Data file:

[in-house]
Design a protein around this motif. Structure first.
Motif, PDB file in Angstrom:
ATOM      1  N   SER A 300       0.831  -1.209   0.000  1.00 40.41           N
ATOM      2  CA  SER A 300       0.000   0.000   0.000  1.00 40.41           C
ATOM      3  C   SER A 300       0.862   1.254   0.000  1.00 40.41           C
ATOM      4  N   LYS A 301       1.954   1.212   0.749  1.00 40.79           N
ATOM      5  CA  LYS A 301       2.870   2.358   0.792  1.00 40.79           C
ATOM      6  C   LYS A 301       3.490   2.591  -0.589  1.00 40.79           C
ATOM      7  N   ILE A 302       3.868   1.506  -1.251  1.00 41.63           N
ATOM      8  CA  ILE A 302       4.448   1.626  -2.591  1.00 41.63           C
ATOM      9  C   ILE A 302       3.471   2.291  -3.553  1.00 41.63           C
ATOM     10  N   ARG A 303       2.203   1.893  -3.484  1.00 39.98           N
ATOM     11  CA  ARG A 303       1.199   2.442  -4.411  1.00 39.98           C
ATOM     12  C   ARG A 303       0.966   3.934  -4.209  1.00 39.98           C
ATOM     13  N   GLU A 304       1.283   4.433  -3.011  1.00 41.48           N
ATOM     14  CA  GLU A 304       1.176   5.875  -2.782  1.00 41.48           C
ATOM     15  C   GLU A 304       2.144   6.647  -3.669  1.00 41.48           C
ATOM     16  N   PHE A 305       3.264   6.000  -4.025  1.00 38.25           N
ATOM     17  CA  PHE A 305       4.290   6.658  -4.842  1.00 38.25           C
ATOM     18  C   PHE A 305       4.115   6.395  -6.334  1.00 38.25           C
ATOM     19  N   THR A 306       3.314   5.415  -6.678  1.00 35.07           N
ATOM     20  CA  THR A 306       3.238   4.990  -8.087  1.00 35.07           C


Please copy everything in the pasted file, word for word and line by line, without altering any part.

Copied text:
[in-house]
Design a protein around this motif. Structure first.
Motif, PDB file in Angstrom:
ATOM      1  N   SER A 300       0.831  -1.209   0.000  1.00 40.41           N
ATOM      2  CA  SER A 300       0.000   0.000   0.000  1.00 40.41           C
ATOM      3  C   SER A 300       0.862   1.254   0.000  1.00 40.41           C
ATOM      4  N   LYS A 301       1.954   1.212   0.749  1.00 40.79           N
ATOM      5  CA  LYS A 301       2.870   2.358   0.792  1.00 40.79           C
ATOM      6  C   LYS A 301       3.490   2.591  -0.589  1.00 40.79           C
ATOM      7  N   ILE A 302       3.868   1.506  -1.251  1.00 41.63           N
ATOM      8  CA  ILE A 302       4.448   1.626  -2.591  1.00 41.63           C
ATOM      9  C   ILE A 302       3.471   2.291  -3.553  1.00 41.63           C
ATOM     10  N   ARG A 303       2.203   1.893  -3.484  1.00 39.98           N
ATOM     11  CA  ARG A 303       1.199   2.442  -4.411  1.00 39.98           C
ATOM     12  C   ARG A 303       0.966   3.934  -4.209  1.00 39.98           C
ATOM     13  N   GLU A 304       1.283   4.433  -3.011  1.00 41.48           N
ATOM     14  CA  GLU A 304       1.176   5.875  -2.782  1.00 41.48           C
ATOM     15  C   GLU A 304       2.144   6.647  -3.669  1.00 41.48           C
ATOM     16  N   PHE A 305       3.264   6.000  -4.025  1.00 38.25           N
ATOM     17  CA  PHE A 305       4.290   6.658  -4.842  1.00 38.25           C
ATOM     18  C   PHE A 305       4.115   6.395  -6.334  1.00 38.25           C
ATOM     19  N   THR A 306       3.314   5.415  -6.678  1.00 35.07           N
ATOM     20  CA  THR A 306       3.238   4.990  -8.087  1.00 35.07           C